Thursday, July 25, 2019
Orson Welles's adaptation of Shakespeare's OTHELLO is a film of unusual beauty. Even among the work of a visual master like Welles, it stands out. I don't want to linger on the incredible story of the film's production, which took place on two continents over three years and is a legend in its own right (Welles himself covered this territory in FILMING OTHELLO). Though it's worth noting the frantic, often desperate circumstances that Welles, his cast, and his crew, found themselves in, what matters is what was produced by those trials: this strange and beautiful film.
Before I go further, I need to say that I'm going to be writing here about the 1952 European version of the film rather than the 1955 US/UK version. Both versions were edited by Welles, so both stand as a "director's cut." It's fascinating to compare them, to see two different ideas Welles had for the film. In 1955, Welles redubbed the entire performance of Suzanne Cloutier (as Desdemona) with the voice of actress Gudrun Ure, as well redubbing about half of his own lines. He cut the spoken credits that had begun the film, clipped some dialog, and added some brief bits narration to set up the plot.
For my money, the 1952 version is superior, and not just marginally so. The changes Welles made in 1955 produced a less compelling picture overall. His spoken credits in the '52 version allow for a much smoother transition between the tour de force opening funeral march and the beginning of the story proper. I've always considered the first dialog scene in the '55 version--where Iago and Rodrigo spy on Othello's wedding to Desemona--to be choppy and awkward. And Welles's narration in these opening scenes has always seemed to be an obvious patch, explaining things in the narration to cover over the confusing editing. In the 52 version, by contrast, the opening scenes get to breathe a little, and they play better without the expository, and largely unnecessary, narration. Welles also includes a line from the play that helps set up Iago's hatred of Othello ("It is thought abroad that 'twixt my sheets he has done my office") that was cut in the 1955 version.
The larger change, of course, is the redubbing of Othello and Desdemona's dialog. There is, I will admit, a case to the made here for the '55 version. What Welles did in redubbing the dialog was to replace the elegant and meek Cloutier with the more forceful Ure. To match this Desdemona's new strength, he made his readings of Othello's dialog angrier and more macho. Some viewers will prefer this more "passionate" performance of the material.
But I think it worked better in 52. Cloutier's vocal performance of the material better matched her physical portrayal of Desdemona as a sweetly innocent girl. And Welles, in turn, responded to that portrayal by giving us an Othello that was a softer, sadder man driven crazy by jealousy. In '55, she's louder and he growls his lines more, but, in this case, less really was more.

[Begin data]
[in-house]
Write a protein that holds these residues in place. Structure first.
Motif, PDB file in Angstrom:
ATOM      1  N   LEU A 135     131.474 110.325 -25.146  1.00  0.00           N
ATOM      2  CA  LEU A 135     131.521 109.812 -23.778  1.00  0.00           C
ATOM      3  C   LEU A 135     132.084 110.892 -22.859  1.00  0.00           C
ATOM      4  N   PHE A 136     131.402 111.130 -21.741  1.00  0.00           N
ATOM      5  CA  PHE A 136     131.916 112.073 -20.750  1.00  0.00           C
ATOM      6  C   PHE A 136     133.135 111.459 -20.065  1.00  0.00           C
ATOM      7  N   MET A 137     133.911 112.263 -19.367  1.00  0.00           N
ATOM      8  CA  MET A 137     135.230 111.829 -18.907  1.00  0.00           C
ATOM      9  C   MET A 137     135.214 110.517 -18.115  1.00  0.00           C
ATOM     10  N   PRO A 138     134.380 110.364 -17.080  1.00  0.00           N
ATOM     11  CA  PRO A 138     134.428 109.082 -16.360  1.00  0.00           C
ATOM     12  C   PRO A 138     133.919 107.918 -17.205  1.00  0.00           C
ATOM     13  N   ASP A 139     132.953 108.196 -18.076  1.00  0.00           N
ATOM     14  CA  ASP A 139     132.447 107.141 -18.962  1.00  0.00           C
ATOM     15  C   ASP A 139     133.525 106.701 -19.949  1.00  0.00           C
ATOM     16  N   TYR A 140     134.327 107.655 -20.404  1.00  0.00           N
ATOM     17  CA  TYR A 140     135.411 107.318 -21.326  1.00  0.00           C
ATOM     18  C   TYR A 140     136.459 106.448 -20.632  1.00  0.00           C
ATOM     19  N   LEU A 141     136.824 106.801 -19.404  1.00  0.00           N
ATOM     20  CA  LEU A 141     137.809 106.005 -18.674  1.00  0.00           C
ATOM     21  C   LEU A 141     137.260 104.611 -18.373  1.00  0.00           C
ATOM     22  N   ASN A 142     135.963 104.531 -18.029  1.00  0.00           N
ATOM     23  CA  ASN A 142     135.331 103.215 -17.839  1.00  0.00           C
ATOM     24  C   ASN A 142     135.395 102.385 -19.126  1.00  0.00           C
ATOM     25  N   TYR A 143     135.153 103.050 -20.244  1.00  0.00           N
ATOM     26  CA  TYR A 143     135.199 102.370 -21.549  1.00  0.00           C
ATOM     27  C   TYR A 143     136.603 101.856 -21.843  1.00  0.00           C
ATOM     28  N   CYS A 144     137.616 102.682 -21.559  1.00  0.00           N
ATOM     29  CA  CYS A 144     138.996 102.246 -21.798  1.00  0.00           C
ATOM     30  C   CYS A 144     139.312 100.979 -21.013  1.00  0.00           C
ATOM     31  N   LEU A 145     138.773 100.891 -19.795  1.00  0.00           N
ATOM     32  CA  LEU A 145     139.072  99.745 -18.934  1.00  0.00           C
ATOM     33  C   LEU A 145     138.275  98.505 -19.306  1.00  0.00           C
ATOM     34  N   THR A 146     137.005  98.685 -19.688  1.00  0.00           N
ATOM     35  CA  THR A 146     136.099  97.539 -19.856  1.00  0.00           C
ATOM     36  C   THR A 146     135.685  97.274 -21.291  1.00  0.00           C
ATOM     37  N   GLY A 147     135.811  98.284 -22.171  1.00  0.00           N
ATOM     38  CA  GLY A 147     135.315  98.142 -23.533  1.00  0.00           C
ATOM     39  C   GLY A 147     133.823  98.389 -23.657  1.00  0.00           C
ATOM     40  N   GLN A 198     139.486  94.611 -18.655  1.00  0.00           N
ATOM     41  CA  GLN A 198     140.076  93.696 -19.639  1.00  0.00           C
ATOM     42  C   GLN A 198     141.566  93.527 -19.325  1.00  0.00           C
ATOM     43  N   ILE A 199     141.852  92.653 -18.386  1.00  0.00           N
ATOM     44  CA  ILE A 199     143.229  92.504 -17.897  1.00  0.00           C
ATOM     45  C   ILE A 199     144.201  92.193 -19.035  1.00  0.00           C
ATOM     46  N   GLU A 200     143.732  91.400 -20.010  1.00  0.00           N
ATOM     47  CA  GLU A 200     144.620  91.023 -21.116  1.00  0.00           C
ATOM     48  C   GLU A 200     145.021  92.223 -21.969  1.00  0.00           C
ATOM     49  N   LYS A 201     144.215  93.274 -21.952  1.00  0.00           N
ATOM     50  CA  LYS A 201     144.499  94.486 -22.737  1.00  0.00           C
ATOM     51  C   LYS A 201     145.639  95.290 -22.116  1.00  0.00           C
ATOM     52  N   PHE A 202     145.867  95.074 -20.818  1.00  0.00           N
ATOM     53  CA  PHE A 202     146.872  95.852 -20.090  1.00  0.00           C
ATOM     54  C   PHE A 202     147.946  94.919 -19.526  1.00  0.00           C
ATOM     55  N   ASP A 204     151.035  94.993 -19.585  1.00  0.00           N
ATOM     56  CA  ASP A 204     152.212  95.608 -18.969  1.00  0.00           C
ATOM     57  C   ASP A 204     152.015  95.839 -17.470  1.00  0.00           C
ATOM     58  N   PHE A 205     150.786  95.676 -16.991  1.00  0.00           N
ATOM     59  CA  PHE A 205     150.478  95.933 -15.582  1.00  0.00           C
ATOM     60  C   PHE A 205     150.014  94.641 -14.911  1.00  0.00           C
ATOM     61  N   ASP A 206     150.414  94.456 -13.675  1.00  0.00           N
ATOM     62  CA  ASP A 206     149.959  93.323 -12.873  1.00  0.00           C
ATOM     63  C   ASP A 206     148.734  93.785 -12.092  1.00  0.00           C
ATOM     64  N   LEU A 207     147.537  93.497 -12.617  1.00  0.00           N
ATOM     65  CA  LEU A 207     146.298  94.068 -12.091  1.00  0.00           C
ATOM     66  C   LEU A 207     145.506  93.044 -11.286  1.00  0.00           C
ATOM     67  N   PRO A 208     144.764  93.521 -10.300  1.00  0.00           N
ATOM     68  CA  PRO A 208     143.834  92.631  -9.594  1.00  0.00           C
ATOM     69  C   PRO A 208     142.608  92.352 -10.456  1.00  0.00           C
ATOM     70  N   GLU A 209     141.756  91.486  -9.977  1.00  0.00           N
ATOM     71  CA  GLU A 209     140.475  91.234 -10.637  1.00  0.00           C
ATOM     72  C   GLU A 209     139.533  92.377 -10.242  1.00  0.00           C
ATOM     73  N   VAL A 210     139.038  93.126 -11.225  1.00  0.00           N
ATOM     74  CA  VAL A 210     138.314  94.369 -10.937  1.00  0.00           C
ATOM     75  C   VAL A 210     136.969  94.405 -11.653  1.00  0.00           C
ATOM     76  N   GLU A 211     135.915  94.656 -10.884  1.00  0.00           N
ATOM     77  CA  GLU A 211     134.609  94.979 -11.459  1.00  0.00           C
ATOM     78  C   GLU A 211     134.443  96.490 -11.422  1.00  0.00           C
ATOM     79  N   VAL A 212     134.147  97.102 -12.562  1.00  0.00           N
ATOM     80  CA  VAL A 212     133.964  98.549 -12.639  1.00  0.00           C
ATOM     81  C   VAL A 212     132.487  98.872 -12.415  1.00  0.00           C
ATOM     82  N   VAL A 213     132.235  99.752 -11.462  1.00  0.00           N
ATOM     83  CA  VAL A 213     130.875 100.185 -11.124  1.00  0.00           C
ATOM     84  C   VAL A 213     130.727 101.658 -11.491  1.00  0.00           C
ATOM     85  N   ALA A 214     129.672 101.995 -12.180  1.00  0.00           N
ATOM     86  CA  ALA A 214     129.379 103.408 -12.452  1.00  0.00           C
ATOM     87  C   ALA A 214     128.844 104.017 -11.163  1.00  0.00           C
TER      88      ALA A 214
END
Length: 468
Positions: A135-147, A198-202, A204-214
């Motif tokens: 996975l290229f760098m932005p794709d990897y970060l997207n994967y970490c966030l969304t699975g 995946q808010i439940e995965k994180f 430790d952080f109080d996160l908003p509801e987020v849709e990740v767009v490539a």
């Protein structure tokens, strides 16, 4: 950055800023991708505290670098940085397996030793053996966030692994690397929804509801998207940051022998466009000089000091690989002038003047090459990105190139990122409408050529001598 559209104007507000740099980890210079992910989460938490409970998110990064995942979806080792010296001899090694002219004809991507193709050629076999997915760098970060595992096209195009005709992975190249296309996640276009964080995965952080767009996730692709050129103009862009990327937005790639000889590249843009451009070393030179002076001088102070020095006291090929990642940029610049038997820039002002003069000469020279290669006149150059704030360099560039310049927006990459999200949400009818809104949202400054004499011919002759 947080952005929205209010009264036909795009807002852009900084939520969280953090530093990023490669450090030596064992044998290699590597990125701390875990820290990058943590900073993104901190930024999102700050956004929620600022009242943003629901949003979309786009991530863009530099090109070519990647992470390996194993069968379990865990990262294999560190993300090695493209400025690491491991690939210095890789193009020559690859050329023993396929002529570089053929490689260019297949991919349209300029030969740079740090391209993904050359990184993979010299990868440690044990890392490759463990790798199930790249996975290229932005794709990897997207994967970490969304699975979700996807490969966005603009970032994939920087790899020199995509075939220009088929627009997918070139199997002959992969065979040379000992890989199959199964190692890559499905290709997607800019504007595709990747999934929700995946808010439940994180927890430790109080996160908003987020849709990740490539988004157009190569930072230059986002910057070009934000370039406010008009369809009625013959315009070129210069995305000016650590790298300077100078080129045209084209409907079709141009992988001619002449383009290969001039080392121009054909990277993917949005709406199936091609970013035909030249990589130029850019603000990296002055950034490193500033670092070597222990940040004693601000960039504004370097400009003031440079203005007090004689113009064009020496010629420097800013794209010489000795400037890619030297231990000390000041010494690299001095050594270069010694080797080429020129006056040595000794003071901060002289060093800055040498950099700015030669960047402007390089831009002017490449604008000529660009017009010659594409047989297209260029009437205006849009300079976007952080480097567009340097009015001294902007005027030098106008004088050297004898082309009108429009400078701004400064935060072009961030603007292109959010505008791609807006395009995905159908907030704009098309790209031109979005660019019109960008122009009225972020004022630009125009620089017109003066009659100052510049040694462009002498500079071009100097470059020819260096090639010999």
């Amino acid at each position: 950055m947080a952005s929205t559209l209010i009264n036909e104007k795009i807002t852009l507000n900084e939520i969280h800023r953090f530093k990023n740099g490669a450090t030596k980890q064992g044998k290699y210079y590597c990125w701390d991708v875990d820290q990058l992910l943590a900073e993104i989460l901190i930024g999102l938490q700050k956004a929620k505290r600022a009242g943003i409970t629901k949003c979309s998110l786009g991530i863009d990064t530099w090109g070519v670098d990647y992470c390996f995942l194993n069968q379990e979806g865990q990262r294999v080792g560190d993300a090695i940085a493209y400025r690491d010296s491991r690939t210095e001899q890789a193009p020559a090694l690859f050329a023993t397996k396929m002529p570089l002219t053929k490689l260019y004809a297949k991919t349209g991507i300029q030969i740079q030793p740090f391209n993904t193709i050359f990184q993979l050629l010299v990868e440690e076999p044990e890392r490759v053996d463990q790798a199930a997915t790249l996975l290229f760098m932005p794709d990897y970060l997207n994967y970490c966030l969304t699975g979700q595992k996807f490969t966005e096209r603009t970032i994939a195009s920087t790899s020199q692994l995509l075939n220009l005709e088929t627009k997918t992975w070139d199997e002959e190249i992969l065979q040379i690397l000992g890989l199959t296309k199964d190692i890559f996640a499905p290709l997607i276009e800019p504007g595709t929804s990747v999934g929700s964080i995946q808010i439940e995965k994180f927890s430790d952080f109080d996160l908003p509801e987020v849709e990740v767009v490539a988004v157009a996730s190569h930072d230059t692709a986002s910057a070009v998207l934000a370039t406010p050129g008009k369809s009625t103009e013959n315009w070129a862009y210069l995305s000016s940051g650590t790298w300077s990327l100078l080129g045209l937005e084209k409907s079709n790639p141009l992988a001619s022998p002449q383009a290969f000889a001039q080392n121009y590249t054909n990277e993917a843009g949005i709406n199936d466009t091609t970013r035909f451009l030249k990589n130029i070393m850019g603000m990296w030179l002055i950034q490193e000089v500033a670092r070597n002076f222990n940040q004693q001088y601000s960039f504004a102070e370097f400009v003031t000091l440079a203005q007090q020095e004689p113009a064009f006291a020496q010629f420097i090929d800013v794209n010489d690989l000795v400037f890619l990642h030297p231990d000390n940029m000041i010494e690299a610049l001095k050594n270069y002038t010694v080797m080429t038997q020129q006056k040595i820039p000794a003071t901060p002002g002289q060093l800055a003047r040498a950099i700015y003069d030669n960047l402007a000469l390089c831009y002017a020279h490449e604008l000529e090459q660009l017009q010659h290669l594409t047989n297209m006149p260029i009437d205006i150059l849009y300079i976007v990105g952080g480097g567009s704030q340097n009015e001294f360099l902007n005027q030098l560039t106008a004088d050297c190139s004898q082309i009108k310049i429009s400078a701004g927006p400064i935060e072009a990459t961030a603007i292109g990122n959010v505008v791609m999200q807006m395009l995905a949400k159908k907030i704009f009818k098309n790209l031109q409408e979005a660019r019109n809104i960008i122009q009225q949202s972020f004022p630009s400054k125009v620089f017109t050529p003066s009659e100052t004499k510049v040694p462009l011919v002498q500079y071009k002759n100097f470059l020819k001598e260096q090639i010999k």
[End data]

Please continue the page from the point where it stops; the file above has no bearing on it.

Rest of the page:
One of the great joys of a Wellesian Shakespeare adaptation is Welles-the-screenwriter's lack of intimidation in the face of such a classic. He takes his scissors to the play and makes it work as a screenplay, clipping lines or rearranging them, sometimes just shaving off a work here and there, other times jettisoning whole speeches. If one wants to savor the Bard's original language, this is not the film to see.
Because what Welles does instead is to interpret the work as a piece of cinema, not just as a recorded performance of a play. Shot by shot, scene by scene, his visual compositions are a delight. Over the course of the production the director worked with five (!) cinematographers, but there can be no doubt that Welles himself was the eye behind the camera. From the opening funeral march, to the attempted assassination of Cassio in the Turkish bath, to the final scenes of Desdemona's murder and Othello's suicide, Welles creates rich, vivid images. Working in certain motifs throughout the film--prison bars and distorted mirrors--he varies angles on shots about as often as he cuts, giving the film a dynamic energy. And speaking of editing, scholars who have done the counting have calculated that OTHELLO has almost 2000 individual cuts, compared to 500 or so for CITIZEN KANE. While the cutting is a direct result of the circumstances Welles was working under, the film is unified by a vision. OTHELLO, after all, is a movie about the center not holding, about love and trust and friendship falling apart in a frenzy. And the movie itself reflects that idea visually.
Coultier is sweetly touching as Desdemona, but Welles is not a great Othello. Although his performance in the '52 version is superior to the '55, either way OTHELLO is a director's picture rather than an actor's picture.( This was true, also, of Welles's MACBETH a few years earlier. His Shakespearean triumph was, of course, FALSTAFF, a film that manages to be both an actor's picture AND a director's picture.) As both Macbeth and Othello, Welles is more declamatory than deeply felt, and his characterizations rarely go beyond a surface level reading of the roles. (Again, compare this to his more lived-in portrayal of Falstaff, the most moving performance he ever gave.)
The one great performance in the film is given by Micheal Mac Liammoir, the legend of the Irish stage who had been a mentor to Welles when the actor was just starting out as a teenager. Mac Liammoir's performance is the one that lingers after the film is over. As Iago, he creates a delicious vision of wily evil, of internalized malice and outward cunning. He seduces everyone else in the film, and even when he's finally caught and imprisoned in a swinging cage to watch Othello's body carried off for burial, his secrets are still his own.